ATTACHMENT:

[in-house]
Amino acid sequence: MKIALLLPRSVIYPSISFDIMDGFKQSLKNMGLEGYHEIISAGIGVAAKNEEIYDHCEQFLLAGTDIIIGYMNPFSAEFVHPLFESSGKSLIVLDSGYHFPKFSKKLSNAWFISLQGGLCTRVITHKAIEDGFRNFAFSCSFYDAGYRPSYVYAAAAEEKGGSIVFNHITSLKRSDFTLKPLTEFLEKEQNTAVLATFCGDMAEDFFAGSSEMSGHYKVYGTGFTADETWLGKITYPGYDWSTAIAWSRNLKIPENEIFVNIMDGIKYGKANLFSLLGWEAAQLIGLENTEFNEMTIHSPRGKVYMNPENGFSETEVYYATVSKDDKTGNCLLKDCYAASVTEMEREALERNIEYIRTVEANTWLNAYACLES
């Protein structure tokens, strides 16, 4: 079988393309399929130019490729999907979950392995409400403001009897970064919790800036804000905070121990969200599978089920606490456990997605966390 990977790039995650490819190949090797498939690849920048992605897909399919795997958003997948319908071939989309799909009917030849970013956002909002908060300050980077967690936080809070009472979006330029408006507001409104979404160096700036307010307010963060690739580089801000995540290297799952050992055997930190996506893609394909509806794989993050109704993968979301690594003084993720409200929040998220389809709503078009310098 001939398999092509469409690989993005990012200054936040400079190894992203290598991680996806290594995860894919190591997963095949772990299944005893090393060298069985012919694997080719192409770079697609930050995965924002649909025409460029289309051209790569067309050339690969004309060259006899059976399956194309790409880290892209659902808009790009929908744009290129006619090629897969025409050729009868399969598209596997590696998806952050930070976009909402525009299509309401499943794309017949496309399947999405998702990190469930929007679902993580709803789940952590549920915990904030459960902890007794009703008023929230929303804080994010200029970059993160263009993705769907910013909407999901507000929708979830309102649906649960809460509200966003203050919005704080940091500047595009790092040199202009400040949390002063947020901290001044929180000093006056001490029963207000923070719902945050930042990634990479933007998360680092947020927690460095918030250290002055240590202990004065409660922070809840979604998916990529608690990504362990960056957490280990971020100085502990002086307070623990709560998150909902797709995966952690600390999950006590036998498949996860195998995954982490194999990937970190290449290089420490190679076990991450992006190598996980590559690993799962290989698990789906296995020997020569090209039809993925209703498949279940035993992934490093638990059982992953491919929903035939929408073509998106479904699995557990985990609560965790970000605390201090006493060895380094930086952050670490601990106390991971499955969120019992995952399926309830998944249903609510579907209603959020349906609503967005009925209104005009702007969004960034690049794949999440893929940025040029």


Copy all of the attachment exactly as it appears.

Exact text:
[in-house]
Amino acid sequence: MKIALLLPRSVIYPSISFDIMDGFKQSLKNMGLEGYHEIISAGIGVAAKNEEIYDHCEQFLLAGTDIIIGYMNPFSAEFVHPLFESSGKSLIVLDSGYHFPKFSKKLSNAWFISLQGGLCTRVITHKAIEDGFRNFAFSCSFYDAGYRPSYVYAAAAEEKGGSIVFNHITSLKRSDFTLKPLTEFLEKEQNTAVLATFCGDMAEDFFAGSSEMSGHYKVYGTGFTADETWLGKITYPGYDWSTAIAWSRNLKIPENEIFVNIMDGIKYGKANLFSLLGWEAAQLIGLENTEFNEMTIHSPRGKVYMNPENGFSETEVYYATVSKDDKTGNCLLKDCYAASVTEMEREALERNIEYIRTVEANTWLNAYACLES
């Protein structure tokens, strides 16, 4: 079988393309399929130019490729999907979950392995409400403001009897970064919790800036804000905070121990969200599978089920606490456990997605966390 990977790039995650490819190949090797498939690849920048992605897909399919795997958003997948319908071939989309799909009917030849970013956002909002908060300050980077967690936080809070009472979006330029408006507001409104979404160096700036307010307010963060690739580089801000995540290297799952050992055997930190996506893609394909509806794989993050109704993968979301690594003084993720409200929040998220389809709503078009310098 001939398999092509469409690989993005990012200054936040400079190894992203290598991680996806290594995860894919190591997963095949772990299944005893090393060298069985012919694997080719192409770079697609930050995965924002649909025409460029289309051209790569067309050339690969004309060259006899059976399956194309790409880290892209659902808009790009929908744009290129006619090629897969025409050729009868399969598209596997590696998806952050930070976009909402525009299509309401499943794309017949496309399947999405998702990190469930929007679902993580709803789940952590549920915990904030459960902890007794009703008023929230929303804080994010200029970059993160263009993705769907910013909407999901507000929708979830309102649906649960809460509200966003203050919005704080940091500047595009790092040199202009400040949390002063947020901290001044929180000093006056001490029963207000923070719902945050930042990634990479933007998360680092947020927690460095918030250290002055240590202990004065409660922070809840979604998916990529608690990504362990960056957490280990971020100085502990002086307070623990709560998150909902797709995966952690600390999950006590036998498949996860195998995954982490194999990937970190290449290089420490190679076990991450992006190598996980590559690993799962290989698990789906296995020997020569090209039809993925209703498949279940035993992934490093638990059982992953491919929903035939929408073509998106479904699995557990985990609560965790970000605390201090006493060895380094930086952050670490601990106390991971499955969120019992995952399926309830998944249903609510579907209603959020349906609503967005009925209104005009702007969004960034690049794949999440893929940025040029």